I just read through the text of HR 393, submitted by Rep. Charles Rangel of New York. The summary says:
To require all persons in the United States between the ages of 18 and 42 to perform national service, either as a member of the uniformed services or in civilian service in furtherance of the national defense and homeland security, to authorize the induction of persons in the uniformed services during wartime to meet end-strength requirements of the uniformed services, to amend the Internal Revenue Code of 1986 to make permanent the favorable treatment afforded combat pay under the earned income tax credit, and for other purposes.
Now, supposedly, Rangel submitted the bill because he wants to stir up some trouble over the fact that the children of the people who got us into this war are not at risk to fight in it.Â But, even if that’s true, this is a bad bill:
- The President would have the sole power to determine what qualifies as national service. He could conscript people from Massachusetts to pick up trash in Crawford, TX.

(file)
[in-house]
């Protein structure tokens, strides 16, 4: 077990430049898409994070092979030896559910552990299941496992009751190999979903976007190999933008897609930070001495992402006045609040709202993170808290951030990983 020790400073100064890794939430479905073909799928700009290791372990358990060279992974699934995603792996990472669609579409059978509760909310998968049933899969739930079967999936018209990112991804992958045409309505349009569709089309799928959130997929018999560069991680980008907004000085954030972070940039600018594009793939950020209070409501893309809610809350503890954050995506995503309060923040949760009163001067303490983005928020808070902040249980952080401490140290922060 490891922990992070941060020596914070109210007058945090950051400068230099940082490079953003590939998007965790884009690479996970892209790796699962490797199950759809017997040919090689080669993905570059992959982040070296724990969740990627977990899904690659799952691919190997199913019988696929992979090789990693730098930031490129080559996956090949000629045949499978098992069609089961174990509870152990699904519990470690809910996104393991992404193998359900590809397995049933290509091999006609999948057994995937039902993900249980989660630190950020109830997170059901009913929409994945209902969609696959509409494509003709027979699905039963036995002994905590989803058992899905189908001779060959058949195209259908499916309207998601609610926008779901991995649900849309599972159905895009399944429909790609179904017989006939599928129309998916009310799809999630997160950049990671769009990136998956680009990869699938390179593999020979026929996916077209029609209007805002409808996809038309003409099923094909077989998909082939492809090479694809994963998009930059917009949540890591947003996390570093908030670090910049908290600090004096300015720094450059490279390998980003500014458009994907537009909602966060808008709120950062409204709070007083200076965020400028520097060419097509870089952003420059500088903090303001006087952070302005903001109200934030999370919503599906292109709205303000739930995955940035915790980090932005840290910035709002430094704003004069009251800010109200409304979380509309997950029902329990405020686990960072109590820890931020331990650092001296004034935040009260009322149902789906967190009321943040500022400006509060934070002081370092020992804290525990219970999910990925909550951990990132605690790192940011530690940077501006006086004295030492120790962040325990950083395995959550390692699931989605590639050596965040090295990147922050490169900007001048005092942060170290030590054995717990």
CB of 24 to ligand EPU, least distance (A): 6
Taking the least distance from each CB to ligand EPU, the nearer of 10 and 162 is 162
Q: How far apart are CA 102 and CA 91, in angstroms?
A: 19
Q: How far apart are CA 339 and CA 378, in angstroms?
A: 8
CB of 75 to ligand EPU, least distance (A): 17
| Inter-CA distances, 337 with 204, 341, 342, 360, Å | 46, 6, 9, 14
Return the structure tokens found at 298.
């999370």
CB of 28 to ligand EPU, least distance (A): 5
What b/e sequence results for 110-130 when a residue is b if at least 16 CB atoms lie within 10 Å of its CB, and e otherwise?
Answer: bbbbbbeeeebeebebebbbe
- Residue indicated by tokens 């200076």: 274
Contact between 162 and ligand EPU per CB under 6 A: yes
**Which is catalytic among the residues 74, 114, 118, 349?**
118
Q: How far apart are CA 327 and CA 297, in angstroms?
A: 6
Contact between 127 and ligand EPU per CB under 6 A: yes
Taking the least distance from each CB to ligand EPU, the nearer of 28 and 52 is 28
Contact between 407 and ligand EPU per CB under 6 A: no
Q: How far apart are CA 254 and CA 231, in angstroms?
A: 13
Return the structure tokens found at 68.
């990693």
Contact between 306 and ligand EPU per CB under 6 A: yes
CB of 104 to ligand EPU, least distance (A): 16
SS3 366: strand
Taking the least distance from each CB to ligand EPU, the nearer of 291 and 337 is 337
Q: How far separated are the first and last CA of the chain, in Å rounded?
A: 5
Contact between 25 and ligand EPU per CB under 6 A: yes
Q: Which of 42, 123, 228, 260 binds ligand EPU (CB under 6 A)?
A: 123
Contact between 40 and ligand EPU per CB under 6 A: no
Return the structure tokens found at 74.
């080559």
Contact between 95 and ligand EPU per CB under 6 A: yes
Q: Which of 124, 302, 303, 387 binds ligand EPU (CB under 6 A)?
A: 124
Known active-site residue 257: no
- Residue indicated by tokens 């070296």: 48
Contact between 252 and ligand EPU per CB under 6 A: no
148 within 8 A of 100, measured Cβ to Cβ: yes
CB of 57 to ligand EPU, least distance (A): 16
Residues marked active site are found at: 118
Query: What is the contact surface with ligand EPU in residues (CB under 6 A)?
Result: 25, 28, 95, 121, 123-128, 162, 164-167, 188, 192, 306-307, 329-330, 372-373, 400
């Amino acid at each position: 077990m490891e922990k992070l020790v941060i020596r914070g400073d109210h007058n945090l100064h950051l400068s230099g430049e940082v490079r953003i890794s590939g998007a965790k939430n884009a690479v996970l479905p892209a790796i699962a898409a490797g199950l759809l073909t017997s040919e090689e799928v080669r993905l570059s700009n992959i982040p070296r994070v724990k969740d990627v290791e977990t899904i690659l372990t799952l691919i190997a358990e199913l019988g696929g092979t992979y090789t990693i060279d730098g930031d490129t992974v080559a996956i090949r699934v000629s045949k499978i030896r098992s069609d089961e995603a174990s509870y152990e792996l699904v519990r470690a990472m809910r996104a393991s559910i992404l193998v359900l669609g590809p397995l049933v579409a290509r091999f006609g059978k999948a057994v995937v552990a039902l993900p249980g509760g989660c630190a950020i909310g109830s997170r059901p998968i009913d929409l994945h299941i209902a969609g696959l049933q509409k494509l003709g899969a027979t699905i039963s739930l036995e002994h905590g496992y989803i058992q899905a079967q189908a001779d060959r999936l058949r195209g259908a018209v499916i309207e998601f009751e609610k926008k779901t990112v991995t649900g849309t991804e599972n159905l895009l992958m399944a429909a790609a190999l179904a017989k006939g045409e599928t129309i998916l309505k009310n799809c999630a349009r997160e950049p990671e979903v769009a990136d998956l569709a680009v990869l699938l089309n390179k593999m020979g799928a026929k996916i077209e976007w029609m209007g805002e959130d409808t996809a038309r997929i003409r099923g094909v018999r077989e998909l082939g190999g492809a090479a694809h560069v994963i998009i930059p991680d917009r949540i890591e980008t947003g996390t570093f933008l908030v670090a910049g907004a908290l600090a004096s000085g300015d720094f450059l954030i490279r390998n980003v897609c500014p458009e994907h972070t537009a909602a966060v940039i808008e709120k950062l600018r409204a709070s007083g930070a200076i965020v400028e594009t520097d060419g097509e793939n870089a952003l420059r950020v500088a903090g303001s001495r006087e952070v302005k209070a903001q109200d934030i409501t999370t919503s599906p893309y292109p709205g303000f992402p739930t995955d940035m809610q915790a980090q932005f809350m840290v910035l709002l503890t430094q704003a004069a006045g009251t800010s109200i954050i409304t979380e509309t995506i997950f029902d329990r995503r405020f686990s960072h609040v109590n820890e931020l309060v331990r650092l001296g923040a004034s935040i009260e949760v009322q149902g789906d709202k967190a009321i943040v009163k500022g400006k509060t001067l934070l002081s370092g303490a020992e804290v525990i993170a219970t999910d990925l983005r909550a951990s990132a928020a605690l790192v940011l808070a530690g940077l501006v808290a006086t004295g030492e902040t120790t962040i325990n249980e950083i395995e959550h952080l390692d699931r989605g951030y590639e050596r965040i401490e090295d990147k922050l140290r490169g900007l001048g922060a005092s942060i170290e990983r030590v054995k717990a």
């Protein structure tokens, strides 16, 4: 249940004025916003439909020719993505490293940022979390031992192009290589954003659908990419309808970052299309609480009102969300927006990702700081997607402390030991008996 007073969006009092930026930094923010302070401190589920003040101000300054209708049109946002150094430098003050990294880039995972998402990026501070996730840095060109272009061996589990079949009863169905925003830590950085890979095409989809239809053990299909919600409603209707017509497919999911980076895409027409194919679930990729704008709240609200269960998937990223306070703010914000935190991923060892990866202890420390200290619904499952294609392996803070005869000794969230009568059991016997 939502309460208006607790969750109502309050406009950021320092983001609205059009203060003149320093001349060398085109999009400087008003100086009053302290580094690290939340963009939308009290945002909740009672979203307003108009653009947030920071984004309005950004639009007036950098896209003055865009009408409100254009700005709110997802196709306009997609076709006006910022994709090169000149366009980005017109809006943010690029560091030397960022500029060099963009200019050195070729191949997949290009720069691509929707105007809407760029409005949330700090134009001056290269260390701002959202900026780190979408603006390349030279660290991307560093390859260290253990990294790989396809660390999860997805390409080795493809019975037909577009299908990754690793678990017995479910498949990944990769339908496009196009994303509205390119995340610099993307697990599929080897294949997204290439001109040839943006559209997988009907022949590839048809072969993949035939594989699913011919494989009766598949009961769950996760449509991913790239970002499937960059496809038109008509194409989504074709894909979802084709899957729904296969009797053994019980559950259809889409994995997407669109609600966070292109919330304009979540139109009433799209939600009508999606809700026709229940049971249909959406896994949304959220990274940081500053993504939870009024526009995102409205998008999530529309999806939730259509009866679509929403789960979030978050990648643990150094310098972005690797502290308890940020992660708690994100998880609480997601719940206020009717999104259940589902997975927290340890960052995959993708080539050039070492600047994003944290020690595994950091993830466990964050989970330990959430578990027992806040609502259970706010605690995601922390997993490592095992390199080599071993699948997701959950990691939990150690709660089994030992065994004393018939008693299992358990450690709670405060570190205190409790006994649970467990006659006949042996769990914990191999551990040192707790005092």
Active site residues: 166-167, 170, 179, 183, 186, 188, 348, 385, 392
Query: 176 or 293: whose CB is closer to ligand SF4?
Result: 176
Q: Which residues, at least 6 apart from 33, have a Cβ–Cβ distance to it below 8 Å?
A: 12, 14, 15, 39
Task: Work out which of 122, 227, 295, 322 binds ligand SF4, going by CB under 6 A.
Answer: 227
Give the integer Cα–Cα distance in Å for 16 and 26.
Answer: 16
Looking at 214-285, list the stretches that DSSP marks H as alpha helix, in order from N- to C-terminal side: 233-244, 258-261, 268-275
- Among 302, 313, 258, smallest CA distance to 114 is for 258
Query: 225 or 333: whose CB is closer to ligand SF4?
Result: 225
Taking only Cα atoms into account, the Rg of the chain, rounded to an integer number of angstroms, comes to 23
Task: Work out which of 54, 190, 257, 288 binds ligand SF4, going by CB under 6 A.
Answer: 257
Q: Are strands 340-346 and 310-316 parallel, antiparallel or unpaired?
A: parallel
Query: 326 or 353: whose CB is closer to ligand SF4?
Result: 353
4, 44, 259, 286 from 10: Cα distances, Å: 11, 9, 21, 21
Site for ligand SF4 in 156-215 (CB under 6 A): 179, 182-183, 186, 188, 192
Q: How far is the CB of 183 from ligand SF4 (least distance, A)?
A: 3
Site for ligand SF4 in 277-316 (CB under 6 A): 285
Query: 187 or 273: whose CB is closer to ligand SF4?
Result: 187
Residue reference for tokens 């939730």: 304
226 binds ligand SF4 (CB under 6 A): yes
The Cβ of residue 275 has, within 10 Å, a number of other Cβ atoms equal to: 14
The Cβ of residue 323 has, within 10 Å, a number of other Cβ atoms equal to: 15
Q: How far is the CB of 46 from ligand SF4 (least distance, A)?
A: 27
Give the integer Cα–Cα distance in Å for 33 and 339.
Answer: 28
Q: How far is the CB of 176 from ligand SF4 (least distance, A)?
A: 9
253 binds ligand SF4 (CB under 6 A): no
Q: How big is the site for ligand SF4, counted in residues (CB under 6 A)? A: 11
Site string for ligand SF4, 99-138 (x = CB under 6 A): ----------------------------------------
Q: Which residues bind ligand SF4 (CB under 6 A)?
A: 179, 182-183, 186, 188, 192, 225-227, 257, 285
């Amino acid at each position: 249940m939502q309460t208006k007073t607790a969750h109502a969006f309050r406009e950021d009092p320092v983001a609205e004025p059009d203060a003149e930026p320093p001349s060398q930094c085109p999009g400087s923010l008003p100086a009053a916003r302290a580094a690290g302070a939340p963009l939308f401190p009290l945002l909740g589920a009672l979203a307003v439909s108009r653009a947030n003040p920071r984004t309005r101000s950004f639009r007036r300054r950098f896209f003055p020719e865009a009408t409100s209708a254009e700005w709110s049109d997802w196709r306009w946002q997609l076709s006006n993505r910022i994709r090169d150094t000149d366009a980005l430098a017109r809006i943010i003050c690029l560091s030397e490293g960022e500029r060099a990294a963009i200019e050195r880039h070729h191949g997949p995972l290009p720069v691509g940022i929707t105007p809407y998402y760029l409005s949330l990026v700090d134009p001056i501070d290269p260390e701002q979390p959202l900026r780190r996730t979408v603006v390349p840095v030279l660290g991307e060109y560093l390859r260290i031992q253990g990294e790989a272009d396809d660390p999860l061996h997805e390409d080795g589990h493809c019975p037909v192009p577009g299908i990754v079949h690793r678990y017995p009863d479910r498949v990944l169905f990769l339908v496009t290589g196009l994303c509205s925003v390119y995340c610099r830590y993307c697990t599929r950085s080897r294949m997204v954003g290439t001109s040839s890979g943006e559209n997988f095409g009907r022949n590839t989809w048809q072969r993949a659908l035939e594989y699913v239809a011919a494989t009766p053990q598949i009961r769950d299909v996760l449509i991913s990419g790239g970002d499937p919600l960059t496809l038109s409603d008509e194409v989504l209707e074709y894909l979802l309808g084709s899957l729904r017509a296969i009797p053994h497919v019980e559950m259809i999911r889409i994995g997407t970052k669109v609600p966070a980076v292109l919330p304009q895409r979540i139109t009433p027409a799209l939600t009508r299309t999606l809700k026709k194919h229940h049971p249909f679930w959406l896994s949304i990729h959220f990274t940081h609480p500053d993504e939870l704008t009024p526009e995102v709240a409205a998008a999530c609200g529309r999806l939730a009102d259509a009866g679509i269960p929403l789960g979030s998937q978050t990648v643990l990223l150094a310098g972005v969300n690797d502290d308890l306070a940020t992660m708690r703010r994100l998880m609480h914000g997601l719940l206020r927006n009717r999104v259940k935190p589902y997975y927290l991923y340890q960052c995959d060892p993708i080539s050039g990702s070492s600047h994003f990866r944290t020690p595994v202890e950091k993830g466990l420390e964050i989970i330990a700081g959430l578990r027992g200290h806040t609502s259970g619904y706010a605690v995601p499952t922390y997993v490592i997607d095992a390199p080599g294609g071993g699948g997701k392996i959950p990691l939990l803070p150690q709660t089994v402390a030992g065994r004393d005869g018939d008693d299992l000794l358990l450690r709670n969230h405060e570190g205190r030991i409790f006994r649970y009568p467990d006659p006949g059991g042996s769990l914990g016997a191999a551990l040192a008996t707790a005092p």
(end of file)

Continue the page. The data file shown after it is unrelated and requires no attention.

- Although the summary of the bill refers to “during wartime”, the bill would also permit military conscription during a national emergency (as declared by the President) or during any military operation authorized by Congress.
- The President gets to set the criteria for deciding whether someone has performed adequately in civilian service, and the penalties for failure to do so.
- The President gets to choose the manner of selection.
- There’s a provision that everybody inducted for national service has to undergo a physical and mental examination; being found unfit may get you a deferment…but not necessarily. (For military conscription, you do have to meet the same standards as a volunteer.)
- Although it says every citizen (or resident) between 18 and 42 is obliged to serve, it doesn’t specify whether you’re automatically discharged on your 42nd birthday (maybe you can be inducted the day before, and kept for 2 years?); nor does it mention whether a non-citizen has the option to leave the country to avoid service.
It seems to me that, if a Congressman submits a bill, even if it’s just a strawman that he doesn’t want to be passed, he should hold it to a higher standard than this. As written, this bill would basically authorize the President to order anybody he wants to do anything he wants. “Oh, gee, Senator, looks like your name came up for the post of crash test dummy.”